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Incontinence, Fecal
Kalyanakrishnan Ramakrishnan, MD
image BASICS
Continuous or recurrent involuntary passage of fecal material for >1 month in individual at least 4 years of age
  • Involves recurrent, involuntary loss of solid/liquid stool
  • Requires careful rectal exam to assess rectal tone, voluntary squeeze, and rule out overflow incontinence from fecal impaction
  • Endorectal ultrasound (EUS) is the simplest, most reliable and least invasive method to detect anatomic anal sphincter defects.
  • The goal of treatment is to restore continence and/or improve quality of life.
DESCRIPTION
Major incontinence is the involuntary evacuation of feces. Minor incontinence (fecal soilage) includes incontinence to flatus and occasional seepage of liquid stool.
Geriatric Considerations
  • The prevalence of fecal incontinence increases with age. It is an important cause of nursing home placement among the elderly.
  • Idiopathic fecal incontinence is more common in older women.
EPIDEMIOLOGY
Incidence
Patients will not report fecal incontinence unless specifically queried (“silent affliction”). The number of patients affected is likely significantly underestimated.
Prevalence
  • In younger persons: women > men
  • 8% of adults
  • 15% of adults age >70 years
  • 56-66% of hospitalized older patients and >50% of nursing home residents
  • 50-70% of patients who have urinary incontinence also suffer from fecal incontinence.
Pregnancy Considerations
Obstetric injury to the pelvic floor may result in either temporary incontinence or persistent incontinence.
Geriatric Considerations
  • Fecal impaction and overflow diarrhea leading to fecal incontinence is common in older patients.
  • Surgical history—particularly anal surgery, including hemorrhoidectomy, anal fissure repair (sphincterotomy), anal dilatation, or prior pelvic floor surgeries
ETIOLOGY AND PATHOPHYSIOLOGY
  • Continence requires complex orchestration of pelvic musculature, nerves, and reflex arcs.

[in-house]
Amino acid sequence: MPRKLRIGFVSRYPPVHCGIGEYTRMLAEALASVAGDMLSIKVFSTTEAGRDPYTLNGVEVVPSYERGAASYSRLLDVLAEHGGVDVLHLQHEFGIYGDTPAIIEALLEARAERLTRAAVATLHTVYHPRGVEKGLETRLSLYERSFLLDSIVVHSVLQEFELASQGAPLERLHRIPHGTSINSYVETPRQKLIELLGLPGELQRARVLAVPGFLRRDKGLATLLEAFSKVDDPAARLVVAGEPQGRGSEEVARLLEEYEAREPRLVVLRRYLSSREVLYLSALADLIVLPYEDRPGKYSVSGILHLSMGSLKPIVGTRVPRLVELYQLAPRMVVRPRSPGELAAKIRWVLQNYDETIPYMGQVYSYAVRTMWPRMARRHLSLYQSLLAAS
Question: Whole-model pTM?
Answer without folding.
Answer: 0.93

• Stool volume and consistency, colonic transit time, anorectal sensation, rectal compliance, anorectal reflexes, external and internal sphincter muscle tone, puborectalis muscle function, and mental capacity each play a role in maintaining fecal continence.
  • Disease processes or structural defects impacting any of these factors may contribute to fecal incontinence.
  • Diabetes is the most common metabolic disorder leading to fecal incontinence through pudendal nerve neuropathy.
  • Congenital: spina bifida and myelomeningocele with spinal cord damage
  • Trauma: anal sphincter damage from vaginal delivery or surgical procedures
  • Medical: diabetes, stroke, spinal cord trauma, degenerative disorders of the nervous system, inflammatory conditions, rectal neoplasia
RISK FACTORS
  • Functional status—older age, female sex, obesity, limited physical activity contribute to poor functional status
  • Neuropsychiatric conditions (dementia, depression)
  • Multiple sclerosis, spinal cord injury, stroke, diabetic neuropathy
  • Prostatectomy, radiation
  • Trauma: Risk factors for perineal trauma at the time of vaginal delivery include occipitoposterior presentation, prolonged second stage of labor, assisted vaginal delivery (forceps or vacuum-assist), and episiotomy.
  • Diarrhea, inflammatory bowel disease (IBD), irritable bowel syndrome (IBS), menopause, smoking, constipation
  • Potential association with child abuse and sexual abuse
  • Congenital abnormalities, such as imperforate anus/rectal prolapse
  • Fecal impaction
GENERAL PREVENTION
  • Behavioral and lifestyle changes: Obesity, limited physical activity/exercise, poor diet, and smoking are modifiable risk factors.